We're big fans of the One Piece: Pirate Warriors games. We reckon One Piece: Pirate Warriors 3 is the best of the bunch, and we'd even go as far to say that it's one of the very best Warriors titles on PlayStation 4. Naturally then, we had high expectations for One Piece: Pirate Warriors 4, and while it doesn't quite do enough to blow its predecessor out of the water, it still offers up a huge amount of hack and slash fun.
Once again, it's the delightful cast of One Piece that carries the action. With so many weird and wonderful powers at their disposal, the characters continue to be a perfect fit for the tried and tested Warriors format. From Luffy's rubbery recklessness to Kuzan's immensely powerful ice abilities, every playable character brings something unique and entertaining to the table.
A number of new heroes -- and villains -- have been added this time around, most of them plucked from the Whole Cake Island arc of the manga and anime. Speaking of which, Big Mom and her pirates are a focus of the game's new story mode, which covers five key arcs: Alabasta and the fight against Crocodile, Marineford and Ace's rescue, Sabaody and the struggles of the Straw Hats, Whole Cake Island and the terror of Big Mom, and, lastly, Wano Country and the tyranny of Kaido.
Needless to say, if you know One Piece, then you've already realised that this mode misses out on a lot of the original story. As such, newcomers will be completely lost. There are introductory cutscenes that try to outline the plot, but if you don't already know the characters and concepts of One Piece, they're basically impenetrable. You'll also find yourself wondering why everyone is gross sobbing all of the time.
Anyway, we're not really here for the story -- if you want that, you're always better off checking out the source material. The game's limited adaptation will take you around ten hours to finish, and it's mostly enjoyable while it lasts. Some stages are better than others -- dedicated boss fights just feel like a bit of a button mashing slog because your opponents always have so much health -- but you're able to try out different characters and prepare for the real meat of Pirate Warriors 4.
Indeed, the 'Navigation Log' is where you'll be spending most of your time. In this mode, you'll find over 100 somewhat randomised levels. They don't have story cutscenes, or any real narrative to speak of, but it's all about the action. Pick your favourite fighter, smash your way through stage after stage after stage, collect coins to boost their abilities, repeat. As long as you can stomach the gameplay's inherent repetitiveness, Navigation Log will keep you busy for ages, especially if there are multiple characters that you want to try.
Which leads us neatly onto combat. Honestly, it's about what you'd expect of the Pirate Warriors series at this point, but it does boast a couple of new gimmicks. As always, you hit combinations of square and triangle to unleash standard combos, while circle acts as a dodge button -- at least in part. You can use circle to avoid incoming attacks, or you can weave it into your combos to make them as long as possible. The downside is that dodging now temporarily consumes a stamina bar, so there's nothing to be gained by spamming it.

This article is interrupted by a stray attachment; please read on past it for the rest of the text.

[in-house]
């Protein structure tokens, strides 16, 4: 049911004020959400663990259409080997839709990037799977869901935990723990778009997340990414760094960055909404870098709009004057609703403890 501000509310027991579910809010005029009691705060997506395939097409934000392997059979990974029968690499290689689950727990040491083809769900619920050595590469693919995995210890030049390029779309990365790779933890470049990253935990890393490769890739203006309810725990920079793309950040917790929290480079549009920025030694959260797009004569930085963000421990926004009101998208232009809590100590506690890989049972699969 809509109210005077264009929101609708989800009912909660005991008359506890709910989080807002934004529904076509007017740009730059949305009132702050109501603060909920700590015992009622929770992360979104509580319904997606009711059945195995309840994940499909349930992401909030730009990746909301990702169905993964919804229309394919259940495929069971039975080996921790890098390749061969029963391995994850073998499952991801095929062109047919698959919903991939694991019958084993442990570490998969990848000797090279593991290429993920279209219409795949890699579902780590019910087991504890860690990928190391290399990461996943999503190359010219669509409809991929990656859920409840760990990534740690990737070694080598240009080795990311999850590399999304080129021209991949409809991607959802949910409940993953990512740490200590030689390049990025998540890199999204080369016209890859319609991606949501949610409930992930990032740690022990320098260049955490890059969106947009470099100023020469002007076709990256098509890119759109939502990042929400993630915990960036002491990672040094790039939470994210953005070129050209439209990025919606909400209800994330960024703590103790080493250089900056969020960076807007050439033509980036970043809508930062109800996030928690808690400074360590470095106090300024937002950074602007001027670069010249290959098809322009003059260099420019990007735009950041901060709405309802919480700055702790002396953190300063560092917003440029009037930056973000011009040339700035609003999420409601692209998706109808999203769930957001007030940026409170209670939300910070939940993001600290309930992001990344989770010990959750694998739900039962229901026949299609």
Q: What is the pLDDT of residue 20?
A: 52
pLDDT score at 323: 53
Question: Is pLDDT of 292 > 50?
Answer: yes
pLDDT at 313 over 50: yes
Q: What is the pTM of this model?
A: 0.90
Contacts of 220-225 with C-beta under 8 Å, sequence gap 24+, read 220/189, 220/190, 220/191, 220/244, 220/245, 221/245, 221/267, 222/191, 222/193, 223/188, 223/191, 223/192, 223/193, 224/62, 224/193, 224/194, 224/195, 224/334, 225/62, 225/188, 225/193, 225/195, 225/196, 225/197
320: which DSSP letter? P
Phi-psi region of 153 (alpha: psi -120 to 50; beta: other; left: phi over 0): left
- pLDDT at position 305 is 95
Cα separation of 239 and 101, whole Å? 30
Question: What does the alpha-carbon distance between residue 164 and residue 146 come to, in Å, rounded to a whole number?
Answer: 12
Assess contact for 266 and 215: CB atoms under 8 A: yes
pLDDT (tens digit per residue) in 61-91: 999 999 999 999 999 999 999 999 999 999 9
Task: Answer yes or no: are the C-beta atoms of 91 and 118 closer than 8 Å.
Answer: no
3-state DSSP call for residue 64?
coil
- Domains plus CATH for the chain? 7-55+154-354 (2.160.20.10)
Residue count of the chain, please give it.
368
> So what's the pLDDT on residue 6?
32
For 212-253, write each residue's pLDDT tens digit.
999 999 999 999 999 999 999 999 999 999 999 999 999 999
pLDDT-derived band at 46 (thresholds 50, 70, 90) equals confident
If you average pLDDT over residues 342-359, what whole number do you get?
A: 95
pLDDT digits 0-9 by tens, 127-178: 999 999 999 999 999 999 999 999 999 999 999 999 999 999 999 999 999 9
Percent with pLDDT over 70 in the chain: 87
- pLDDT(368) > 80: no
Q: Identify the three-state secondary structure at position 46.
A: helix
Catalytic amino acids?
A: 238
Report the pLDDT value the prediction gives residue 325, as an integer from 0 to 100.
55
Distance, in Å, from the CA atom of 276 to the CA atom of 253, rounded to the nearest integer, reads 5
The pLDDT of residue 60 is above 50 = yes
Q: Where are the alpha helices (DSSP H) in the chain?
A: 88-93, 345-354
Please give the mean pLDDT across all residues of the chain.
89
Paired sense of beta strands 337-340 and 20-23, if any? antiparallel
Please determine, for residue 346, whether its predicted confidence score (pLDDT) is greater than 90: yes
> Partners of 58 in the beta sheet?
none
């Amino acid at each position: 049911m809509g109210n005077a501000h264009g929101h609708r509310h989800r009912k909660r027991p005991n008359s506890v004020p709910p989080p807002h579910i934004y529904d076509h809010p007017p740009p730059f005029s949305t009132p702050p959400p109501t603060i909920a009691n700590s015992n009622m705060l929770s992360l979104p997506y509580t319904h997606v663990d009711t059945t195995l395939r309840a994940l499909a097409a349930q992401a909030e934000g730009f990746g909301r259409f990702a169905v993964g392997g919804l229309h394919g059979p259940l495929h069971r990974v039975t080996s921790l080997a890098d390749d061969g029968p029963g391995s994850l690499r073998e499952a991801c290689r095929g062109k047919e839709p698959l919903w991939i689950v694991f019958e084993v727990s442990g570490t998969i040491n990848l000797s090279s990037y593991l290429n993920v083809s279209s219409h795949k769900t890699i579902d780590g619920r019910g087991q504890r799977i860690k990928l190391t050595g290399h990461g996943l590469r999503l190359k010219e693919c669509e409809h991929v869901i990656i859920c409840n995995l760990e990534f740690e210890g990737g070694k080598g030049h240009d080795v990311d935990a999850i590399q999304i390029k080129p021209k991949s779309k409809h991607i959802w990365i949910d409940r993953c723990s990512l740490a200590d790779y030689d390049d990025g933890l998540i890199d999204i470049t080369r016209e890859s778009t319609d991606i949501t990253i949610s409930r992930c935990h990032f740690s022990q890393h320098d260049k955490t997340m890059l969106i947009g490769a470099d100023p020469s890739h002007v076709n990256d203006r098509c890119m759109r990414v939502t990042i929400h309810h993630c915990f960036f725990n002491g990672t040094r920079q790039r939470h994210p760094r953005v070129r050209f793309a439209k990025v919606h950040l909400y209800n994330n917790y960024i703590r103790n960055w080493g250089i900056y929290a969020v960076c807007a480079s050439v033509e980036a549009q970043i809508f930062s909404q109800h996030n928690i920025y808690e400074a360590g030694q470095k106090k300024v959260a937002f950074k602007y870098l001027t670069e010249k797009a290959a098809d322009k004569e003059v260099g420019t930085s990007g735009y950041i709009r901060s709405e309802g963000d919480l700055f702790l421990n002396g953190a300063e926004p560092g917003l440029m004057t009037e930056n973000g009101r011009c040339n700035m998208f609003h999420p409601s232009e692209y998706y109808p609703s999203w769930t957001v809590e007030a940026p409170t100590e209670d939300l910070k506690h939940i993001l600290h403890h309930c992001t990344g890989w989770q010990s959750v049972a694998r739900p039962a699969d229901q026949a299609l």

The introduction of a more versatile dodge mechanic, as well as a stamina bar, means that combat is more combo-based than ever before. What's more, every character now has access to a launching attack, letting you carry your enemies into the air for even more damage. The result is a combo system that actually requires a bit of practice and timing if you want to get the most out of your moves. It all makes for a rewarding learning curve.
Having said that, some characters perform far, far better than others. We're not looking for immaculate character balancing in a Warriors game, but a few members of the cast feel severely underpowered to the point where playing as them on harder levels can be an exercise in frustration.
On top of that, you've got characters like Gear Fourth Luffy, who moves so fast and so erratically that he's just a pain in the arse to use. We found ourselves gravitating towards slower or more stationary fighters purely because the camera has difficulty keeping up with anyone who zips around.
Still, find the right pirate for you and the game offers more than enough action. And if you want to bring a friend along, both online and local co-op is available. In fact, the online stuff is quite interesting. The aforementioned Navigation Log mode features a bunch of levels that let you team up with three other players (they can also be played alone with AI partners), either to rack up points in an all-out battle, desperately defend a base, or to bring down a giant foe. When the connection isn't noticeably laggy, playing these stages online can be a blast.
One Piece: Pirate Warriors 4 struggles to outdo its fantastic predecessor, but it's still great fun to smash through hordes of enemies alongside such a colourful cast of characters. The game's delightful and diverse roster really is its greatest strength, and thanks to an emphasis on building combos, the combat system can be surprisingly rewarding, despite its repetitive nature. The pretty standard story mode will leave non-fans completely lost, but those who enjoy the action will find a near endless supply of it in the title's other offerings.